How to Effectively Respond To Negative Reviews?
If there’s anything that a guest never wants to hear from a hotel is that he’s wrong. Negative reviews can be genuine or judgemental, situational or temperamental, but how you respond to them is what determines customer retention and brand reputation. So before you lock horns or hammer away some harsh words, here’s what you must read first.
No matter what the situation or complaint, a quick response from your end goes from nice to necessary. Another thing you can never discount on is responding in a professional manner. Keep it brief and directly addressed to the complaint, while maintaining a positive tone. But is that all enough? It’s important but not really enough! Cap off your response with the most suited reaction for each situation. This will help you turn a negative review into retention gold and sound out all the negative impact. You just need to pull it off right.
Negative reviews can be pretty daunting, because an unhappy customer has all the right and might to use the tone and stance that he wants. Here are a few examples and suggestions for some of the most common negative reviews.
Genuine Grievance – Mistakes do happen, and when you know your staff or management goofed up big time, own up your mistake. That will take you a long way. Don’t just be apologetic, go an extra mile to resolve the issue. If the guest hasn’t checked out yet, capitalize on the opportunity and do everything to please and appease them before they leave. In case they have checked out, offer compensation, give away discount voucher or give out whatever it takes, but earn back a smile from them.
Personal attack– Sometimes grieving customers turn furious and get as low as making personal attacks and calling names. Count to three, stay calm and type down an apologetic response. Remember professionalism comes with maturity and at times calls for absorbing a lot more than reflecting. So go ahead and pull it off like a pro.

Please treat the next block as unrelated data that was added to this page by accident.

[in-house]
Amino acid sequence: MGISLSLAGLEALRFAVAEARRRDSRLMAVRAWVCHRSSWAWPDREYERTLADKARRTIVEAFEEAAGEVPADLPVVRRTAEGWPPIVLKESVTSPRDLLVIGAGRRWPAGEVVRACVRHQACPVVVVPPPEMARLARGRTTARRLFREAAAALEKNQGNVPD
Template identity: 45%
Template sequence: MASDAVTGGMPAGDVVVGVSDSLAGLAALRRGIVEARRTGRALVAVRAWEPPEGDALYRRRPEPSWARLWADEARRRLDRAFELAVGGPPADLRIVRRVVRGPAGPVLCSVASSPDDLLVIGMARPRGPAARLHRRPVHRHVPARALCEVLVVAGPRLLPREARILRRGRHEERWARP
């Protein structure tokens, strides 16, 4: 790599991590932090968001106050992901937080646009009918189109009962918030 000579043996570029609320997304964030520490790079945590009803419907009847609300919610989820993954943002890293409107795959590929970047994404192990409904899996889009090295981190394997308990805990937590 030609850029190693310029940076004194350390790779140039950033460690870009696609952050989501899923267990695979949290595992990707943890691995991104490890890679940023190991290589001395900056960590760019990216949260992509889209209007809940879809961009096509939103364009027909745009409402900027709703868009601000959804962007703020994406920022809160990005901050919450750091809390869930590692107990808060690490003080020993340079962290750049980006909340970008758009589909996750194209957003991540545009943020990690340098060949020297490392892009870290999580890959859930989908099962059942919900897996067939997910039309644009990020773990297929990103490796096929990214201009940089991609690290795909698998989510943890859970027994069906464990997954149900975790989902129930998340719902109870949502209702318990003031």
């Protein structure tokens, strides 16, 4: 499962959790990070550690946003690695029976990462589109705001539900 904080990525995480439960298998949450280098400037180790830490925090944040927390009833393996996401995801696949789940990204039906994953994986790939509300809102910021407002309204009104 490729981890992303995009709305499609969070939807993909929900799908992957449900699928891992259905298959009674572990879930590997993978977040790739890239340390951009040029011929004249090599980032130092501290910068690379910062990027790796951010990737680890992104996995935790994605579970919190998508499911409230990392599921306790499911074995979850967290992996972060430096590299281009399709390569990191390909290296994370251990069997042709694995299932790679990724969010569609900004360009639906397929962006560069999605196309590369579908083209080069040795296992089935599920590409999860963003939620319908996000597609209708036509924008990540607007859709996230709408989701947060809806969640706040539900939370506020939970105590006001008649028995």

Professional assault– A customer is always right, but when he tries to publicly malign your brand reputation, you slightly need to defend your brand. Explain the situation, talk about your brand values and wrap up with a promise to look into the matter.
Much ado about nothing– Sometimes people want to create fuss over nothing at all. These are basically the pamper seekers. Give away what they ask for and they’ll be pleased. You might not even need to offer compensation in these cases, just a humble dose of humility is more than it takes to calm them down. Stay humble, apologetic and grateful.
Lost Cause– No matter whose fault is was, if you see it as a lost cause and nothing can be done to make things better, keep your tone friendly yet professional. Address the guest by their name to make them feel important, thank them for taking time out to write a feedback and express a blend of sympathy and apology.
Responding based on specific complaints
Big or small, mistakes have no room in hospitality. From front desk to kitchen, most mistakes are irreversible. Sincerely apologize and assure them extra care and attention on their next visit.
Express regret that you couldn’t come up to their expectation level and assure them that you have already spoken to the housekeeping department about it to ensure that it doesn’t happen again.
Apologize and assure that the food may not have tasted best, but it was fresh and healthy. In case the complaint is about stale food, you’ve already committed a blunder. Swallow the pride and apologize deeply.
Greeting and apologizing remain the opening points in the response format but also do assure them that most maintenance tasks are carried out for customers’ safety and convenience. The elevators weren’t functional because they needed a repair job, or the bathroom facility in question is already being upgraded – just a couple of examples.
Customers may not always be right, but then again, they are never wrong. They demand and deserve to be treated with extra care and respect. The day you lose the respect for your customers is the day you start losing them. That’s hospitality industry round-up.
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